Let's get a feel for HR/FB in global terms so that when we look at specific players, we have something by which to frame their numbers. Last season, the league-average HR/FB was 9.4 percent. Giancarlo Stanton led the way with a 24.8 percent mark, Mark Reynolds was next at 22.7 percent, followed closely by Jose Bautista and his 22.5 percent mark. In 2010, the average was 9.7 percent, with Joey Votto setting the pace at 25.0 percent. With this as a background, it's safe to say the expected HR/FB range for the top power hitters is in the low- to mid-20s.
To get a sense for how rare it is for a player to sport a HR/FB that is improved by more than 50 percent from the previous season, only three times since 2008 has someone gained that much and finished the season with 20-plus percent: Joe Mauer and Raul Ibanez in 2009, and Jose Bautista in 2010. Adam Jones came close in 2009, as his 17.8 percent bested his 2008 mark of 6.9 percent. Also in 2009, veteran Derrek Lee spiked at 17.9 percent after spending the bulk of his career just above league average in terms of HR/FB percentage. Last season, Jacoby Ellsbury jumped from 4.6 percent to 16.7 percent, Asdrubal Cabrera ballooned to 13.3 percent from 4.7 percent and Corey Hart fell just short of 20 percent, finishing at 19.7 percent after posting an 8.8 percent in 2010. Michael Young and Derek Jeter have enjoyed recent moderate spikes, as well. The take-home lesson is that significant seasonal increases in HR/FB are few and far between (and not usually sustainable the following year, which is something we'll revisit when it comes time to evaluate the 2013 player pool).
With that as a backdrop, let's look at some of the more intriguing power sources so far this season to determine if their home run pace will carry over to the final two months:
Edwin Encarnacion, Toronto Blue Jays: With 28 homers, Encarnacion has already set a career high. His 19 percent HR/FB is also a personal best, but he has dabbled in the mid-teens in previous seasons and has a career HR/FB mark of 12.8 percent. His walks are up and strikeouts are about his norm, so there's a good chance Encarnacion ends up as one of those hitters who maintains, if not improves upon, his first-half pace, though it's still reasonable to assume a slight drop-off. However, if Encarnacion's owner is looking to sell high and you need some pop, this is definitely an avenue to consider.
Josh Willingham, Minnesota Twins: Willingham sure must enjoy a challenge, as he has called some of the toughest hitting parks in the majors home. Willingham has tamed spacious Target Field this season, hitting 17 of his 27 bombs there. However, it's going to be tough for him to maintain his current 25.7 percent HR/FB rate. While his walk rate is up (which could be because opposing pitchers don't want to let Willingham beat them), he's actually hitting fewer fly balls than normal. If this persists and the HR/FB does indeed regress, Willingham's pace is bound to slow, perhaps considerably. I believe he'll still hit a goodly amount of homers, but he should fall well short of his present pace of 44. In fact, I'll take the under on 38.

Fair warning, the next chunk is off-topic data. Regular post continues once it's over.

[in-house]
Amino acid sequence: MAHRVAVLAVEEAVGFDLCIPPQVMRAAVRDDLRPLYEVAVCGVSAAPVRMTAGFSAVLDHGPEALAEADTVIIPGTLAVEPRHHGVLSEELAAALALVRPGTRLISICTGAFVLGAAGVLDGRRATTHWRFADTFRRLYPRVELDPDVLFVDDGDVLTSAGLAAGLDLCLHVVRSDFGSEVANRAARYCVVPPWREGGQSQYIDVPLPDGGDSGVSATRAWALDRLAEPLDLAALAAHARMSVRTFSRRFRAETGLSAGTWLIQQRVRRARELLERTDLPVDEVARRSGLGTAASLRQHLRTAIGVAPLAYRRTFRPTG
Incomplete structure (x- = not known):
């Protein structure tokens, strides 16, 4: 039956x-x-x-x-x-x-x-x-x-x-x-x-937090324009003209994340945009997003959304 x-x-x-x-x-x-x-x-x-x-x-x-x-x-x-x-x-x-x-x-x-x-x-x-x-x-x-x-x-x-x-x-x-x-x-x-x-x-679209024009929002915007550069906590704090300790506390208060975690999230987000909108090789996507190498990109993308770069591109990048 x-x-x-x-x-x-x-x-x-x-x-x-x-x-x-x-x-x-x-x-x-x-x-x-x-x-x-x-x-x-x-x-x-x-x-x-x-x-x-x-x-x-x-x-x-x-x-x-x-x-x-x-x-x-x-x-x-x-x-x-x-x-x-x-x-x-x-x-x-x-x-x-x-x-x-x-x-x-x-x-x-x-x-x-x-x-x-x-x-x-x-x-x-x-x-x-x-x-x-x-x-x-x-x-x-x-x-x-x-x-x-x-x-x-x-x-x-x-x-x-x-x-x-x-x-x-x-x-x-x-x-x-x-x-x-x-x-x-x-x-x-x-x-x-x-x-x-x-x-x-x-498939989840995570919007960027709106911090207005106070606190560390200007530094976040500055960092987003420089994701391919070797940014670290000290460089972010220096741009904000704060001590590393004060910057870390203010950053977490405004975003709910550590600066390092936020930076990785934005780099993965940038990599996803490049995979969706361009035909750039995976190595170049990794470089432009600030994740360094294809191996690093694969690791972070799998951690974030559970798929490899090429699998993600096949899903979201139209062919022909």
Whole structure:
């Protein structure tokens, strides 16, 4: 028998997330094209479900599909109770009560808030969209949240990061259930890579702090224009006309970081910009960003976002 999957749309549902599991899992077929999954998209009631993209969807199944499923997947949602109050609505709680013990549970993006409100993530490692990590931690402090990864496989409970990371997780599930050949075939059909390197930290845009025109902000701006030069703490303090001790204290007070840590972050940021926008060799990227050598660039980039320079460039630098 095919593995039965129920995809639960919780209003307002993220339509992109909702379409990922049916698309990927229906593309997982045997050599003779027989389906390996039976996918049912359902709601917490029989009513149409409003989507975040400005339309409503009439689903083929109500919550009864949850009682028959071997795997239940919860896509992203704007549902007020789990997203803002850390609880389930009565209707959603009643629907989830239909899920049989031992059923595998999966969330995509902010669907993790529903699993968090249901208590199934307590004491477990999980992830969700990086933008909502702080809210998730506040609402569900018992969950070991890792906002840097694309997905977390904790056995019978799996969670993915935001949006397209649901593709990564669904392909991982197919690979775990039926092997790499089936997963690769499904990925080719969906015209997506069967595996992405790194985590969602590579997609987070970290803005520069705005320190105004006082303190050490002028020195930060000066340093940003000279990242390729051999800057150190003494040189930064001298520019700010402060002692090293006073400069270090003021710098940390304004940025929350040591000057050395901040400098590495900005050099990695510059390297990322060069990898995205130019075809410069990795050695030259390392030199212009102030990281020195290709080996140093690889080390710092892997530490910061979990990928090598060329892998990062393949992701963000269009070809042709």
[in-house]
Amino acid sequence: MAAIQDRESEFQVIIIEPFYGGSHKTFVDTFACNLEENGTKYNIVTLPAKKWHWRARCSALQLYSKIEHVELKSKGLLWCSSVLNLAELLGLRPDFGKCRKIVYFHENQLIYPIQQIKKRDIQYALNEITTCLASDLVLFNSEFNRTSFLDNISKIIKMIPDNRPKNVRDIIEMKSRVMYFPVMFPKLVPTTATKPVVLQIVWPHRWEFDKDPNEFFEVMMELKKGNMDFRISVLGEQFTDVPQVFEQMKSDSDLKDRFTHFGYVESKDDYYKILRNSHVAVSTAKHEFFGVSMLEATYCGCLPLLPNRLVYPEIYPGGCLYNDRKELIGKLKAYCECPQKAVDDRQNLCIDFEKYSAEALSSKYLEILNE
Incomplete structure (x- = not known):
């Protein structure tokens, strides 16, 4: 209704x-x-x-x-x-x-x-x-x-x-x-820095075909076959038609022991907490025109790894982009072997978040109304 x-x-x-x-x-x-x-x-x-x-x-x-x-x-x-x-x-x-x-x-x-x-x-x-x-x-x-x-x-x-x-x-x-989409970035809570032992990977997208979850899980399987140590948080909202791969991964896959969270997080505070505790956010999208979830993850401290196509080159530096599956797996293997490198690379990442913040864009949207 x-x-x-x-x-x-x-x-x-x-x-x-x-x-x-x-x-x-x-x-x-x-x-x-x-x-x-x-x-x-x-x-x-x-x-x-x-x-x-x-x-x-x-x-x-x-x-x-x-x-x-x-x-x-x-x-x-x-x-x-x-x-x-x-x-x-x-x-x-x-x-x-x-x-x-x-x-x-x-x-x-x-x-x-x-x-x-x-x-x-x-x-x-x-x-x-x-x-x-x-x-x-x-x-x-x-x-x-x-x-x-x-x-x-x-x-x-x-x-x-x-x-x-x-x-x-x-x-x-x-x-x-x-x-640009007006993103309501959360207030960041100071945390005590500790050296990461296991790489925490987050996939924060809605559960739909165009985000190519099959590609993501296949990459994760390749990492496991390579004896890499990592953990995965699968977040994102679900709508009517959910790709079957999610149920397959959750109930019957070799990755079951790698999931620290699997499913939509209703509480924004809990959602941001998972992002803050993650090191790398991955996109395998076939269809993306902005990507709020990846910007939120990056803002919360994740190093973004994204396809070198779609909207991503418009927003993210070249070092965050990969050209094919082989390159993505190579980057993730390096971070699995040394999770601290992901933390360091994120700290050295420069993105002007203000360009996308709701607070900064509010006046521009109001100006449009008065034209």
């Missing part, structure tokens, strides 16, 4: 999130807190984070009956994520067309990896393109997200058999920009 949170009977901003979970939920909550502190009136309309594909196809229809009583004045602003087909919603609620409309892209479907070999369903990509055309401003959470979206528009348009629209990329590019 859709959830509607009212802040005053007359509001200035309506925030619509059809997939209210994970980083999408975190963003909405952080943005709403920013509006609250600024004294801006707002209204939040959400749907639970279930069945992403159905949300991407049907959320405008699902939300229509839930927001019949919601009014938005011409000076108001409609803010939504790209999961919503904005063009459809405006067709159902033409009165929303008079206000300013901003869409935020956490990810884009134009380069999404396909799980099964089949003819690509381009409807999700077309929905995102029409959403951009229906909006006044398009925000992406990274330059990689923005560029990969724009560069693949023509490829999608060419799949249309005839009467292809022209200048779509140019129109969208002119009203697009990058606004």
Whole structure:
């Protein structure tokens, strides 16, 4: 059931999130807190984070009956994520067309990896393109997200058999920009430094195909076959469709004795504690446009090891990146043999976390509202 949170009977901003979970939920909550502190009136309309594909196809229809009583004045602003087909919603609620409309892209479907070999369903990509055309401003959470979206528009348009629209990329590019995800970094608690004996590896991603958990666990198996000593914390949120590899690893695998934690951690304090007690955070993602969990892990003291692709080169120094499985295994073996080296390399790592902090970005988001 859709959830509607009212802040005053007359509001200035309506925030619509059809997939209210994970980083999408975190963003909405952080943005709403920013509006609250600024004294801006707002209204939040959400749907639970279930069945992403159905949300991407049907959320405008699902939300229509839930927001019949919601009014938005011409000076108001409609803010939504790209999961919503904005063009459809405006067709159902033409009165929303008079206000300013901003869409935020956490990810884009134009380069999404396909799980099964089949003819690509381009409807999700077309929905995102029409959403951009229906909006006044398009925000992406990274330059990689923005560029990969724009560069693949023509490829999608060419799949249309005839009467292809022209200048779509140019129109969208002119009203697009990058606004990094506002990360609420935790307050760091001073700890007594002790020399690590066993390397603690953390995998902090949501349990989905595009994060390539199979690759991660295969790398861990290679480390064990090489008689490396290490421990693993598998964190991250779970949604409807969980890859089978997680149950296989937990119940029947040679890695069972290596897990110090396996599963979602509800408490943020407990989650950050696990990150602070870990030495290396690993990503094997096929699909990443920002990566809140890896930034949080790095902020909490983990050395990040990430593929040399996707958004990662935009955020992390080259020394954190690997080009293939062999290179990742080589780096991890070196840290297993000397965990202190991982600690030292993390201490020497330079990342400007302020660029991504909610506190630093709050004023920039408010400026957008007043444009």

Mark Trumbo, Los Angeles Angels:With a .304 average and 27 homers, Trumbo is doing his best Albert Pujols impersonation. Unfortunately, much like Willingham, Trumbo is sporting an extremely high 25.2 percent HR/FB rate, which is likely to regress toward a mark in the high teens, still good but not quite Pujolsian. As opposed to Willingham, Trumbo rarely takes a free pass, which could be interpreted as a positive since that increases his at-bats, but I still see it as a negative because there's a correlation between plate patience and power.
Pedro Alvarez, Pittsburgh Pirates:Don't look now, but Alvarez has 21 dingers. The problem is I don't see him even reaching 30. His HR/FB is an astronomical 26.6 percent, which is just not a level he can sustain. Now consider Alvarez is fanning even more than usual while walking less and the stereotypical sell-high moniker is in neon lights.
Andrew McCutchen, Pirates: I feel the same about him as I did before the All-Star break: If you can parlay McCutchen into a more reliable player or perhaps fill multiple holes, you owe it to your team to pursue such an endeavor. Forget the .415 BABIP, it's his 23.4 percent HR/FB rate that is on its way down. I'm sorry, I'm just not buying into league-leading power from him, and since McCutchen's fly balls are way down, when the HR/FB regresses, the homers will slow precipitously.
|Last Updated on Saturday, 04 August 2012 11:31|